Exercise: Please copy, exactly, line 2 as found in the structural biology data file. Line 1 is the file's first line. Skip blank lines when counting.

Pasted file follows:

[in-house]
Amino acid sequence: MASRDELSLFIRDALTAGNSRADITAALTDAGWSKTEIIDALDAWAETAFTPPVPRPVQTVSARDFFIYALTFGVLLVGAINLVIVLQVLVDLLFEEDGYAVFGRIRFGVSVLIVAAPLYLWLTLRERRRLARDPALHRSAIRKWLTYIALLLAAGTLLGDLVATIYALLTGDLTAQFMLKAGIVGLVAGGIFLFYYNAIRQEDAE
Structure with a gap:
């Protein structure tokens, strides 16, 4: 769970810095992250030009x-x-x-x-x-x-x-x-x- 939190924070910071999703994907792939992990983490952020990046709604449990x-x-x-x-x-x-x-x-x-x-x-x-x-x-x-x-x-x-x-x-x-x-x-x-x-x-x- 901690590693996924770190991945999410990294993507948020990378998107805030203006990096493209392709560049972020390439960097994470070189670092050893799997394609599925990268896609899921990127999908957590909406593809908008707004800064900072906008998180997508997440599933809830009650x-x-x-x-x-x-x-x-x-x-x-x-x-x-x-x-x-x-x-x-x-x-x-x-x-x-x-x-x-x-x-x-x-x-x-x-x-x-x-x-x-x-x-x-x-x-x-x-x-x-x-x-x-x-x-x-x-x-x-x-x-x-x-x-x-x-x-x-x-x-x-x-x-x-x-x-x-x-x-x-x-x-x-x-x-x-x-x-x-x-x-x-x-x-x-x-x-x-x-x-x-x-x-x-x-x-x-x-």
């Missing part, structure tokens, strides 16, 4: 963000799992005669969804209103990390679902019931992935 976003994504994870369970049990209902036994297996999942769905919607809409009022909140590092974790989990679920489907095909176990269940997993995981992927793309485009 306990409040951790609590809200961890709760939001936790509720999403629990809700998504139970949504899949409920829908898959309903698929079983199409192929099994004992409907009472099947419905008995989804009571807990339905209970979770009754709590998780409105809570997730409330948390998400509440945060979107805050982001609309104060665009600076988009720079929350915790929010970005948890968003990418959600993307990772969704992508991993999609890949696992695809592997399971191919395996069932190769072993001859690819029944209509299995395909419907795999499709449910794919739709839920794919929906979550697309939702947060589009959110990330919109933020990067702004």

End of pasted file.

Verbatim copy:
Amino acid sequence: MASRDELSLFIRDALTAGNSRADITAALTDAGWSKTEIIDALDAWAETAFTPPVPRPVQTVSARDFFIYALTFGVLLVGAINLVIVLQVLVDLLFEEDGYAVFGRIRFGVSVLIVAAPLYLWLTLRERRRLARDPALHRSAIRKWLTYIALLLAAGTLLGDLVATIYALLTGDLTAQFMLKAGIVGLVAGGIFLFYYNAIRQEDAE